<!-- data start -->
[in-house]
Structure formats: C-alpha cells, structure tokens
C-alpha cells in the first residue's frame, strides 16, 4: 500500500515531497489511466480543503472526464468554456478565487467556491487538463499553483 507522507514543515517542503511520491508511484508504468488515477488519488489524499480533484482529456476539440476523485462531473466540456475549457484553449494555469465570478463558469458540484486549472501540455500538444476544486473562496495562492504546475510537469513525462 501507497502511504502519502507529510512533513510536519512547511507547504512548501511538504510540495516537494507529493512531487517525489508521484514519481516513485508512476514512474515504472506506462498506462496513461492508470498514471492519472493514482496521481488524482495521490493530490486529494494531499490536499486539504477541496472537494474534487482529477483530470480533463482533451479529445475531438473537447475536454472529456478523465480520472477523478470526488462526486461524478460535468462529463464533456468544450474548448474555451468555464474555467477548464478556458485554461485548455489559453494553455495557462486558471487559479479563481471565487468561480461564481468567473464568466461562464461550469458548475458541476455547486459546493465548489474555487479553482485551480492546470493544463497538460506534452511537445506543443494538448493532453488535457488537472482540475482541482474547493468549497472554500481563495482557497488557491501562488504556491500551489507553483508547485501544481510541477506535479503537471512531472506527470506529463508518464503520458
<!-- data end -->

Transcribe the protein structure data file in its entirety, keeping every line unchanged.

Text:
[in-house]
Structure formats: C-alpha cells, structure tokens
C-alpha cells in the first residue's frame, strides 16, 4: 500500500515531497489511466480543503472526464468554456478565487467556491487538463499553483 507522507514543515517542503511520491508511484508504468488515477488519488489524499480533484482529456476539440476523485462531473466540456475549457484553449494555469465570478463558469458540484486549472501540455500538444476544486473562496495562492504546475510537469513525462 501507497502511504502519502507529510512533513510536519512547511507547504512548501511538504510540495516537494507529493512531487517525489508521484514519481516513485508512476514512474515504472506506462498506462496513461492508470498514471492519472493514482496521481488524482495521490493530490486529494494531499490536499486539504477541496472537494474534487482529477483530470480533463482533451479529445475531438473537447475536454472529456478523465480520472477523478470526488462526486461524478460535468462529463464533456468544450474548448474555451468555464474555467477548464478556458485554461485548455489559453494553455495557462486558471487559479479563481471565487468561480461564481468567473464568466461562464461550469458548475458541476455547486459546493465548489474555487479553482485551480492546470493544463497538460506534452511537445506543443494538448493532453488535457488537472482540475482541482474547493468549497472554500481563495482557497488557491501562488504556491500551489507553483508547485501544481510541477506535479503537471512531472506527470506529463508518464503520458